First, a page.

DR Wakefield likes to keep an eye on the latest trends in the coffee world to ensure our roasters are well-equipped to meet demand, serving consumers the best possible coffee that has been sourced at the right price.
But with trends constantly changing, it can be a challenge to keep up with what exactly it is that people want.
DR Wakefield's coffee catalyst Henry Clifford offered an insight into what is currently popular in the market, as well as providing some predictions for the future.
Henry explained that in recent years, the coffee market has undergone significant changes, with more small, independent roasters competing against each other to serve the best quality coffee to their customers.
With so many roasters vying to offer coffee that focuses on quality, this can make it difficult for them to stand out in an increasingly competitive market, which is why serving exclusive, unique varieties can be beneficial.
Henry said: "If everyone has top-quality coffee, then everyone's the same, so how do you differentiate?"
He added that one way to do this would be to secure the entire coffee harvest of a single micro lot.
"If I'm the only one who has that coffee because it's from a small farm, if I've got enough money and enough demand and if my business can handle it, I've not only got a coffee, but I've got an exclusive coffee that none of my competitors have," Henry explained.
How can DR Wakefield help with this?
To help to build a relationship between the coffee farmer and the roaster to further improve the exclusivity aspect of the beans, Henry explained that DR Wakefield has a scheme in place known as 121.
He said: "To develop quality you need to work as a team. The idea of 121 is that DR Wakefield puts roasters in touch with farmers so they can have a long-term business relationship for two or three years.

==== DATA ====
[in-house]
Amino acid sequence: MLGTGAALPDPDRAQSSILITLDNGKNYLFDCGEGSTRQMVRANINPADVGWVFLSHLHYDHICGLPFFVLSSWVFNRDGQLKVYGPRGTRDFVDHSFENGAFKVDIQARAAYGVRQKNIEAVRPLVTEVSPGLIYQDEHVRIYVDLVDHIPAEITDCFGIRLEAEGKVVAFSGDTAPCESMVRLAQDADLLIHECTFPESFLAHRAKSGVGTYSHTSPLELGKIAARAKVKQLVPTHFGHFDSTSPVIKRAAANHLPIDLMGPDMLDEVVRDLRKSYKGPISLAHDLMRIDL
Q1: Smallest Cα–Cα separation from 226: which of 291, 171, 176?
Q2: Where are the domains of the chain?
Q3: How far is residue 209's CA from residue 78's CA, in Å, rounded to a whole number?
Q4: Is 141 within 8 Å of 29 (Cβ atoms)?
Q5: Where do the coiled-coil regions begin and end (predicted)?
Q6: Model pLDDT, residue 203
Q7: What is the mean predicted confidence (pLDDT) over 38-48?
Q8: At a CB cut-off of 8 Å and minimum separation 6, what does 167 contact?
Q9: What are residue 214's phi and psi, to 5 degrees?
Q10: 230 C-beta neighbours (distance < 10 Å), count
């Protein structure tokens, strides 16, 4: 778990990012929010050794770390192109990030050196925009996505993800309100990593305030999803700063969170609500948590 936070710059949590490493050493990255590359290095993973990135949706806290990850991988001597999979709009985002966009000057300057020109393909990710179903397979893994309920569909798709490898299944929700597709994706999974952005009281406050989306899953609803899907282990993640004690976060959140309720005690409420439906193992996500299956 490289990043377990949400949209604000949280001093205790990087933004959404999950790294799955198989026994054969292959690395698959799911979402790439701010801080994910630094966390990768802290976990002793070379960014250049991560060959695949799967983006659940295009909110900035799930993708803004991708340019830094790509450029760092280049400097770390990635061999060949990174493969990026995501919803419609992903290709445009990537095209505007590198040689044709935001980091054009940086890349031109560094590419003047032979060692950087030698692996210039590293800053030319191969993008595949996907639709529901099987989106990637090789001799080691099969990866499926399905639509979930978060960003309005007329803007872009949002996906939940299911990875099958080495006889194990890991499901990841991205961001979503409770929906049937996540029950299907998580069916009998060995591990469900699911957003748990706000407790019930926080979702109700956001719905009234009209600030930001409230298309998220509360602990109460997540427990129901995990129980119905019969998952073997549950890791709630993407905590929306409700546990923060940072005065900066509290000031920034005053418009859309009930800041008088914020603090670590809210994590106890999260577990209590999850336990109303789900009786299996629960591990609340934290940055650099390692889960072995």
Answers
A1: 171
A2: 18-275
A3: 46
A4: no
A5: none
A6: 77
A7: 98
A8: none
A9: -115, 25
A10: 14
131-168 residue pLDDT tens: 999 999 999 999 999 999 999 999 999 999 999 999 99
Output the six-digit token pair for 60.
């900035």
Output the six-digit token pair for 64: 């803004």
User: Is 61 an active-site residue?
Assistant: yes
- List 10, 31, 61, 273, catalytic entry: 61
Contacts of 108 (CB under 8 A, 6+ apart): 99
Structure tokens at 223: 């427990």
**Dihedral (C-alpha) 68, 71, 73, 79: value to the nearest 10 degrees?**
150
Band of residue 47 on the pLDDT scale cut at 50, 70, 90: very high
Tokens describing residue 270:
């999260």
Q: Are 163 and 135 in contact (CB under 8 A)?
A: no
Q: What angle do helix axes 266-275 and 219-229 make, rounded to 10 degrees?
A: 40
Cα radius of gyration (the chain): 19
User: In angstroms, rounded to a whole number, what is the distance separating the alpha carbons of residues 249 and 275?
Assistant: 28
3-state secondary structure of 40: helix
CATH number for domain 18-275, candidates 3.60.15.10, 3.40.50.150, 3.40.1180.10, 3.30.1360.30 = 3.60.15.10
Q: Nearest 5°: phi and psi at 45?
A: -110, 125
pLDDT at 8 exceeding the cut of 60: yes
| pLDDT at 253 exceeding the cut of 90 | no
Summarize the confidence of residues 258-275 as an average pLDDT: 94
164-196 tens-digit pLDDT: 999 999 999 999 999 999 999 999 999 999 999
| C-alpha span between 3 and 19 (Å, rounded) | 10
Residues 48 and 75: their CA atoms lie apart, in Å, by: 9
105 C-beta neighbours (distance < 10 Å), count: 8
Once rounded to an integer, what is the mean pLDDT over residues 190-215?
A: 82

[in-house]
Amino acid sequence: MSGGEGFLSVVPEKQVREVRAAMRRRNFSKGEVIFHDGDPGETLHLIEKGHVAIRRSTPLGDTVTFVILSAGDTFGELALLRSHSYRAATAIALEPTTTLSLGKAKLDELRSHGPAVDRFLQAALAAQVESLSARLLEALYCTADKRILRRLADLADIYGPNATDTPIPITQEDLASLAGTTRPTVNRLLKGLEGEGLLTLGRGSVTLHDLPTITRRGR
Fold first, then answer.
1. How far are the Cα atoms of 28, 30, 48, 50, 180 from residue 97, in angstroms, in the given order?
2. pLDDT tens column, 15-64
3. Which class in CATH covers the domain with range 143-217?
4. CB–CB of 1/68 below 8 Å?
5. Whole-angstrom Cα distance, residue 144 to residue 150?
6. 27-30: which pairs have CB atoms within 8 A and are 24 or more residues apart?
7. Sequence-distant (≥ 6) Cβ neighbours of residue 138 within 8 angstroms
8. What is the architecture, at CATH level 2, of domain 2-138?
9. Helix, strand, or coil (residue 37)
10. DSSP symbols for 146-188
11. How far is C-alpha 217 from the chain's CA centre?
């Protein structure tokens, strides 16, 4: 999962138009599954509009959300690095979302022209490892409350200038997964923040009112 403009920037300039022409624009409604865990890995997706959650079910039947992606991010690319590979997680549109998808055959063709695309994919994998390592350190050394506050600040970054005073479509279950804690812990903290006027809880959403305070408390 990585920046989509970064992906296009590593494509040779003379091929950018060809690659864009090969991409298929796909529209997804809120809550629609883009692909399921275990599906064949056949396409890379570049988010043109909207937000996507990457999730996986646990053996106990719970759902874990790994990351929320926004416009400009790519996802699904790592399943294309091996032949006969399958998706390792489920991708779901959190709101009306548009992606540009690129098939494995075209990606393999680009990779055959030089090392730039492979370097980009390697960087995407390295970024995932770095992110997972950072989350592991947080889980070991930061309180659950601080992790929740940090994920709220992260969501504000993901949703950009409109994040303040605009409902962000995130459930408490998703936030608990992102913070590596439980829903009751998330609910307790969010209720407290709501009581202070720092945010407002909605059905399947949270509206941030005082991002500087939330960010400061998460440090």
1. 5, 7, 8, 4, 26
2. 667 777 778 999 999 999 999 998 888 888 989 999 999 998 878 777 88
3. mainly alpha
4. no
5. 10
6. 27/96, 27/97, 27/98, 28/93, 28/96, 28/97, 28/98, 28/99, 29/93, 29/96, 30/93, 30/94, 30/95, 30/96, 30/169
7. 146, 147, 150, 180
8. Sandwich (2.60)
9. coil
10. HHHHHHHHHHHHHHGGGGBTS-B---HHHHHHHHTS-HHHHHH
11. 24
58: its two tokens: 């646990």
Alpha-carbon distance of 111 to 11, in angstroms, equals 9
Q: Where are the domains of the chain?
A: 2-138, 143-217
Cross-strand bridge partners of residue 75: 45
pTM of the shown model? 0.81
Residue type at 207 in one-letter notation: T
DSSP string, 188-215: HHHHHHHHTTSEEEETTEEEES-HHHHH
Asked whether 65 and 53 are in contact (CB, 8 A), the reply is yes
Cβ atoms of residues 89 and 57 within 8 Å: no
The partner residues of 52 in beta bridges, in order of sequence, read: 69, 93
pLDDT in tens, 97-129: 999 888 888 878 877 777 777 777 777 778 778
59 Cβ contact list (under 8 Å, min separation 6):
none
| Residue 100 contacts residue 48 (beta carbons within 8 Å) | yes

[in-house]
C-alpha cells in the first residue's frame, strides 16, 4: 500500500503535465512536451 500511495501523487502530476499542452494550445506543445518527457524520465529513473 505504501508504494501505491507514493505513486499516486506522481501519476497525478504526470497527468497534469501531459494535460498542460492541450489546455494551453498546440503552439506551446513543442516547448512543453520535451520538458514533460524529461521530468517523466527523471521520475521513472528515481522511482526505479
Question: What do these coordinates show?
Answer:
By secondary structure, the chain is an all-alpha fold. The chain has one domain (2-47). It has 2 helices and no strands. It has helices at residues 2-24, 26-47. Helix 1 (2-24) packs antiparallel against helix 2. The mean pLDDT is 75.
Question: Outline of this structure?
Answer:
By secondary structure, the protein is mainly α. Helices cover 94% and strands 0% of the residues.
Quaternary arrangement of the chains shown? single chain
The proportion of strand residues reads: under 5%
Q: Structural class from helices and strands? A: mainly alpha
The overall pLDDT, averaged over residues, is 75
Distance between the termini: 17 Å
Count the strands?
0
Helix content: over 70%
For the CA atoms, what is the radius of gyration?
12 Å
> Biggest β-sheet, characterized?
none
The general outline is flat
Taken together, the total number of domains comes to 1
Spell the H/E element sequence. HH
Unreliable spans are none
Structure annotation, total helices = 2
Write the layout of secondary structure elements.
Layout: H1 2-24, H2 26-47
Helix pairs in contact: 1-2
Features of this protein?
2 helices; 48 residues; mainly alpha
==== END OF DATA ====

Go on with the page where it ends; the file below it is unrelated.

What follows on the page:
"This contact gives the farmer the stability to invest more in their production and the roaster can give them feedback on how they'd perhaps like them to change or improve the cup.
"But the main focus of this is on exclusivity. At the moment, we're only doing this in Honduras in Peru, but we're thinking of rolling it out further," Henry added. "It's working really well."
DR Wakefield kicks the relationship off by providing the roaster with all the information they need to know about the farmer, before communication between the two parties begins.
Another prevalent trend in the coffee market is seasonality, with Henry explaining that roasters are increasingly trying to tie in the beans they offer to their customers with the harvests of different countries to ensure their coffee is as fresh as possible.
Due to logistical issues, beans can sometimes be left at ports or in a warehouse for many months, meaning their freshness could be compromised.
Henry also stated that this year has seen "the summer of the cold brew", highlighting another coffee roasting trend that has become increasingly popular in the UK.
With such drinks now being sold in major department stores, smaller, more independent roasters who wish to offer this to their customers may find it wise to stock up on these.
When asked about his predictions for coffee roasting trends of the future, Henry said that with the market constantly changing, it would be almost impossible to say, but that this somewhat exciting unpredictability was a "great thing about the industry".
However, he did say: "I think that buying whole bean coffee is going to be popular – but not necessarily in the next year, but in the next decade. I think there is going to be huge growth in buying whole bean coffee instead of the traditional ground variety from supermarkets as consumers become more and more conscious of quality."
If Henry's prediction comes to fruition, this could signal the start of more amateur or home-based roasters trying their hand at making their own brews. Whether or not this will actually come into play though, only time will tell.